If the entire edge of a piece of drywall is damaged, it will likely need to be replaced. This is easier than it sounds, but it requires a bit more skill and practice. Start by putting down a thin bed of drywall joint compound and pressing the paper tape into place. Then, spread a second coat of compound over the tape to fill in the hole and smooth the surface. Use a wide putty knife to make sure that the compound extends evenly and don’t forget to sand and prime the repaired area.
Drywall Repair Tips
A small hole or crack in drywall can detract from the look of your home. But with the right tools and a little drywall repair know-how, you can fix the problem yourself.
When repairing small holes, start by identifying the source of the problem. A stud, a metal strip called corner bead or a nail pop are common causes of holes in drywall. You can identify a stud by using a level and drawing a vertical line along the surface of the wall to center the next horizontal line on a wall stud. Identifying the location of a stud is important because utilities, including electrical wiring and plumbing, run along drywall’s studs. Avoid cutting these wires or pipes by locating the stud locations before beginning any drywall repairs.
Unless the drywall is damaged beyond repair, fill in the hole with a thin layer of spackle or joint compound. Choose a product that dries quickly so you can complete the repair sooner. Apply the compound with a putty knife, smoothing it out as you go. After the first coat dries, apply a second coat and sand it smooth. When you’re done, sand the area again lightly with 100-grit sandpaper to smooth the repaired surface. Then, prime and paint the area.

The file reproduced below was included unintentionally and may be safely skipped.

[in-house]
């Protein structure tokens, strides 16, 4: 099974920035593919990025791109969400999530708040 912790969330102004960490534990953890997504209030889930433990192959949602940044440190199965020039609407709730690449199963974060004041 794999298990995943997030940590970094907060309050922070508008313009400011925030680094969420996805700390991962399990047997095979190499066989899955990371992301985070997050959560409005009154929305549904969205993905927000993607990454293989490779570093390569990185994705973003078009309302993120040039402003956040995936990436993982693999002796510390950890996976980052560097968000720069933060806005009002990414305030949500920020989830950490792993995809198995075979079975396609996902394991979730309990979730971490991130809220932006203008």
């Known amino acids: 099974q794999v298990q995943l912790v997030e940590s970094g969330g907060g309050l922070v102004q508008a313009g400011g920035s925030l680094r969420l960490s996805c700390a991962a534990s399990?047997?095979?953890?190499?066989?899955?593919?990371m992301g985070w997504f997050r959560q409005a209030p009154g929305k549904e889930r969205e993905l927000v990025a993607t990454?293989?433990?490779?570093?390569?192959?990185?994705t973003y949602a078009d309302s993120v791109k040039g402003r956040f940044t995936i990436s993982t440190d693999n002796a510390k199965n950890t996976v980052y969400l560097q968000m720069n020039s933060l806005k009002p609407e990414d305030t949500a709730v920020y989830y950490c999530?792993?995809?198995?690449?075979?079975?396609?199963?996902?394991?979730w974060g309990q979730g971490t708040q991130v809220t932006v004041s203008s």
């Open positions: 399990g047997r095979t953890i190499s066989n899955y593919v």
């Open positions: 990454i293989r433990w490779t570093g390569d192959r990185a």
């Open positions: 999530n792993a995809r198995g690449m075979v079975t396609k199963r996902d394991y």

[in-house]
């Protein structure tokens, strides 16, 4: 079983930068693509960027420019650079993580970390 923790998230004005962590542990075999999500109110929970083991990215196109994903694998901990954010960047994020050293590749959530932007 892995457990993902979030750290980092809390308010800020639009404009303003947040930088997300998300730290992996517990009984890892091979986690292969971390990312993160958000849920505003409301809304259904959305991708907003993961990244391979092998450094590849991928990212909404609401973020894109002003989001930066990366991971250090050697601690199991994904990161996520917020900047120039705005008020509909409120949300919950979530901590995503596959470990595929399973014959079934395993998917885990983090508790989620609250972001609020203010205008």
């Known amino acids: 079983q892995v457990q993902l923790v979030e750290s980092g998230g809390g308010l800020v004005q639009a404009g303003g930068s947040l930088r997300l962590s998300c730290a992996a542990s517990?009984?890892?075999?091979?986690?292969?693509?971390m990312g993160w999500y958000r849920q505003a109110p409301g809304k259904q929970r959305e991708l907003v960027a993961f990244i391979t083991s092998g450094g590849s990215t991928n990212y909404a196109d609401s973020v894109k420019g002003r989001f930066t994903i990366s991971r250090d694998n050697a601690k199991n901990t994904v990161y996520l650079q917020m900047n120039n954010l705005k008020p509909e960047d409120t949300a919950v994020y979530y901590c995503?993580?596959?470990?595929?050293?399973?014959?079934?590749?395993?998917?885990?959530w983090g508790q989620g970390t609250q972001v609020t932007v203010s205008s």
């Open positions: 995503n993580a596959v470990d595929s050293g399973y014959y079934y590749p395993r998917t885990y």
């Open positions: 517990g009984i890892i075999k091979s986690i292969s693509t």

Nail or screw pops are often caused by lumber shrinkage, a loose nail or screw, or a loose piece of drywall that hasn’t been fixed properly. Use a utility knife to cut away any protruding surface paper or gypsum. Then screw or nail in a new screw or a drywall nail that’s the same size as the old one. Apply a small amount of spackling compound over the nail or screw, smoothing it out with a putty knife as you work. Allow the compound to dry, sand it again with 100-grit sandpaper, and then prime and paint.
Hairline drywall cracks aren’t as dangerous as they sound. They’re caused by settling in your home, and are usually limited to one or two inches in length. Instead of repairing these hairline cracks, which may require more expensive materials, simply spray them with an elastic crack cover-up such as Good-Bye Cracks. Follow the application directions on the label, and let the spray dry.